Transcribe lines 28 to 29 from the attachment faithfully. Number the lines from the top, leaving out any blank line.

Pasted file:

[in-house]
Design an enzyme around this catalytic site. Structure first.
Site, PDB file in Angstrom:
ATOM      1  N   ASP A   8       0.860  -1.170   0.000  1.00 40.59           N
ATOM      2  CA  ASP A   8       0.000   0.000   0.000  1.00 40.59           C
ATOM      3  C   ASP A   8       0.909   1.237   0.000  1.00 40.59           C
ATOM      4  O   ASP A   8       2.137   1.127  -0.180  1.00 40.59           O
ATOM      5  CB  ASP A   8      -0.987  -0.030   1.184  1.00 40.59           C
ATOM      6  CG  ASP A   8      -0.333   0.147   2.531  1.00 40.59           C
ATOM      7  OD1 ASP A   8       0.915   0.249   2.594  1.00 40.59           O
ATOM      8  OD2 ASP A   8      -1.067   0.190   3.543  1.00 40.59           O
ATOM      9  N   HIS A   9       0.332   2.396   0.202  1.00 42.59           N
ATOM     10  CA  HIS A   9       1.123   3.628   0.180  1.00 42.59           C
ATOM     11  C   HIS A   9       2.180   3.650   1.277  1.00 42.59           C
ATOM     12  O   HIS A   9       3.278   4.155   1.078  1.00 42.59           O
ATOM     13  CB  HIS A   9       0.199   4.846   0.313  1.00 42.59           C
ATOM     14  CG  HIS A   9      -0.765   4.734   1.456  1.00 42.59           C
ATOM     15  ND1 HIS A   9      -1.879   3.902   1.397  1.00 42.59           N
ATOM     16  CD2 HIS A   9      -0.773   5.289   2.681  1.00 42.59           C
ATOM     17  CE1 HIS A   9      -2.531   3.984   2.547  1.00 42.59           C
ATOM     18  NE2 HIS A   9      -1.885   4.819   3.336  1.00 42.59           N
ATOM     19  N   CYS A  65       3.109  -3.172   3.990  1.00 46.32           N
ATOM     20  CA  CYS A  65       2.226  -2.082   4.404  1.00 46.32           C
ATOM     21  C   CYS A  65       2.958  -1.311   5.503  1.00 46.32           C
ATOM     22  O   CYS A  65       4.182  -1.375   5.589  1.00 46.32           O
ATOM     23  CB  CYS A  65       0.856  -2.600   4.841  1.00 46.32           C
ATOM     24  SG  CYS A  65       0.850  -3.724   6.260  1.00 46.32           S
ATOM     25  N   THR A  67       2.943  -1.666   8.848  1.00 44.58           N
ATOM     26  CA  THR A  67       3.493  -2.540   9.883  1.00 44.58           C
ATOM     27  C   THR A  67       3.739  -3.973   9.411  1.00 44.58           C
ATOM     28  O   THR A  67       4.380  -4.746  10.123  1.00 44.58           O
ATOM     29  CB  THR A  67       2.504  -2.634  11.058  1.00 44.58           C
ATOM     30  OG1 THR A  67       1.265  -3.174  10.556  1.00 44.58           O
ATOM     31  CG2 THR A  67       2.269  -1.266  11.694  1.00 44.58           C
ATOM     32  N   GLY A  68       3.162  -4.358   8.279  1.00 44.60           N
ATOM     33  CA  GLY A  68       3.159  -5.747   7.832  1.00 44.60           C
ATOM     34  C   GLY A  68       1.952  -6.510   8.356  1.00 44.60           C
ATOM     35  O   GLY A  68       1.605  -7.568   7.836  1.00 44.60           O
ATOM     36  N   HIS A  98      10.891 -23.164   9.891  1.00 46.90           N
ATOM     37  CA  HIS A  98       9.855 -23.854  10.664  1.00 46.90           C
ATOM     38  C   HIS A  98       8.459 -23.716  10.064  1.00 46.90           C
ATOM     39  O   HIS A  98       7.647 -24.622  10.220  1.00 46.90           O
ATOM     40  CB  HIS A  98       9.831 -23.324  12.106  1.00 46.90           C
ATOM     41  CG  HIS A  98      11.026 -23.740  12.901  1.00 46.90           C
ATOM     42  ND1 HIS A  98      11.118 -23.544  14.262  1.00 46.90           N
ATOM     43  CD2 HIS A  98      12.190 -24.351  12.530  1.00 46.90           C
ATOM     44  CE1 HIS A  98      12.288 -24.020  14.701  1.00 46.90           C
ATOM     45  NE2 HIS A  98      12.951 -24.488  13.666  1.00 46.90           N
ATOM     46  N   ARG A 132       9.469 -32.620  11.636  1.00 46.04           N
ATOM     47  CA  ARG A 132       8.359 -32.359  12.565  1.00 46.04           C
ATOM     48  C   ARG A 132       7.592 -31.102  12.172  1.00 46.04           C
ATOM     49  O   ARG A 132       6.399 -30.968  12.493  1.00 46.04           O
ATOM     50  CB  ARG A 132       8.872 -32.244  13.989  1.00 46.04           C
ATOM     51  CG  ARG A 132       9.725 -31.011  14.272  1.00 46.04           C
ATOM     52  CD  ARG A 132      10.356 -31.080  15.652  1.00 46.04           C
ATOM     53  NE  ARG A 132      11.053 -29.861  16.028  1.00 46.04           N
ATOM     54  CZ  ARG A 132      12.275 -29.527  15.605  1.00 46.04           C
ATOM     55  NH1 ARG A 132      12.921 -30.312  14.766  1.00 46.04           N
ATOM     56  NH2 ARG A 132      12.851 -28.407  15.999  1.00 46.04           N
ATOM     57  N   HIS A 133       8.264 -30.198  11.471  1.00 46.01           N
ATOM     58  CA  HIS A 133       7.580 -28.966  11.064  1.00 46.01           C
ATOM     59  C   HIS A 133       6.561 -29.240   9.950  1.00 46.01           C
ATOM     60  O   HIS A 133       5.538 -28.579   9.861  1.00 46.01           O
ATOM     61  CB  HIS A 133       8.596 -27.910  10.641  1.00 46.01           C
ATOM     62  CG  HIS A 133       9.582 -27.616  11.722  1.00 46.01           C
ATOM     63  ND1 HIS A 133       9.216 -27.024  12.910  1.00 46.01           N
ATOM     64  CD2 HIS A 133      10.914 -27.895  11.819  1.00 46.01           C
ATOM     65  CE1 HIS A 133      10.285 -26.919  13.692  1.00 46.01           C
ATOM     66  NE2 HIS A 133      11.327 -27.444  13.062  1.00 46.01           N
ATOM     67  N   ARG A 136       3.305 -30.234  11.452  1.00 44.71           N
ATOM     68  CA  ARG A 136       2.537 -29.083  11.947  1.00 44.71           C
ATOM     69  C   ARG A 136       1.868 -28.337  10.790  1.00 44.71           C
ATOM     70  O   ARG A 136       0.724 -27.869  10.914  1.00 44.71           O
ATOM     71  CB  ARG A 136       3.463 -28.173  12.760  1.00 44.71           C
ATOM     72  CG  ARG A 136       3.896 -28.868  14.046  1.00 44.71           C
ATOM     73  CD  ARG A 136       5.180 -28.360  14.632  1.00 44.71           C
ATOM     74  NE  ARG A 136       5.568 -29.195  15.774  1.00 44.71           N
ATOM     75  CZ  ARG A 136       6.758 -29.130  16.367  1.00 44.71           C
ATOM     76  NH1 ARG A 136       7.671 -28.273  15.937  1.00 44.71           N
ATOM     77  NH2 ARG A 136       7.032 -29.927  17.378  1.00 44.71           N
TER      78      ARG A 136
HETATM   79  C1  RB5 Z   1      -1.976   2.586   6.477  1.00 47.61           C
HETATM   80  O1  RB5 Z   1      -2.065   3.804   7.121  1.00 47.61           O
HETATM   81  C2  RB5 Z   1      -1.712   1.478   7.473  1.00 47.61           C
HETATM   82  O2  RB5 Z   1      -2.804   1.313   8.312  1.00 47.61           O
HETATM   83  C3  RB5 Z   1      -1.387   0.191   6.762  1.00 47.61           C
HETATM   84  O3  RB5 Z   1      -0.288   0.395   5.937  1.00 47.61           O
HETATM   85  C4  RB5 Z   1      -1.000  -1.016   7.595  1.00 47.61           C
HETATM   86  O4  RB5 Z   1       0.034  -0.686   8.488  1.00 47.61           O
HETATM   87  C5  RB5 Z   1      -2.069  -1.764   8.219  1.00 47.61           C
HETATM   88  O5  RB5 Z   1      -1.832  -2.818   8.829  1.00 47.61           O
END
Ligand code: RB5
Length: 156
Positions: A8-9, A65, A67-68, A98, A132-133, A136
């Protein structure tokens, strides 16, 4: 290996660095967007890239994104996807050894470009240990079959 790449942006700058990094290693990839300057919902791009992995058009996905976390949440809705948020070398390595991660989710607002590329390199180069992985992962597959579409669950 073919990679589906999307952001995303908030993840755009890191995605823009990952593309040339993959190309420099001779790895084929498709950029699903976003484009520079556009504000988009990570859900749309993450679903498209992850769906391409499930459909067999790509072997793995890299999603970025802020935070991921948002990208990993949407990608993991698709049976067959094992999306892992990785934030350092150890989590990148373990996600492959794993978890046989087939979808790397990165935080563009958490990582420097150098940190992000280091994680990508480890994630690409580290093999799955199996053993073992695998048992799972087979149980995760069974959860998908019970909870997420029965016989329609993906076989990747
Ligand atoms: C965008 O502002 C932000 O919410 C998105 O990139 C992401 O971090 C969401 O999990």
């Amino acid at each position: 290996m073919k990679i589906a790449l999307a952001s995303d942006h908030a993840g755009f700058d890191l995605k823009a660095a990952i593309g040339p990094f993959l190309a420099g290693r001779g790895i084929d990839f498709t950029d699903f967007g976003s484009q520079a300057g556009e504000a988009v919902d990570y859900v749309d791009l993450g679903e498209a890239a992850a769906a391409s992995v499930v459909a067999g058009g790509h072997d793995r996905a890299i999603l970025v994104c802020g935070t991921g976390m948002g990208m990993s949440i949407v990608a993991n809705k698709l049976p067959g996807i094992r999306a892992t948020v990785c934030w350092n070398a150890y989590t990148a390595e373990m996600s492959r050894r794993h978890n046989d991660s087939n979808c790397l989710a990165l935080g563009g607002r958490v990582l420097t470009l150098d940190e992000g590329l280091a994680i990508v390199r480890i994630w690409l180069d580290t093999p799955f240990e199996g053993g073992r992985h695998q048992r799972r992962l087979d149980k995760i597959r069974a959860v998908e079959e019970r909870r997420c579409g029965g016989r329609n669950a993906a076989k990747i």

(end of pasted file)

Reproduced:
ATOM     25  N   THR A  67       2.943  -1.666   8.848  1.00 44.58           N
ATOM     26  CA  THR A  67       3.493  -2.540   9.883  1.00 44.58           C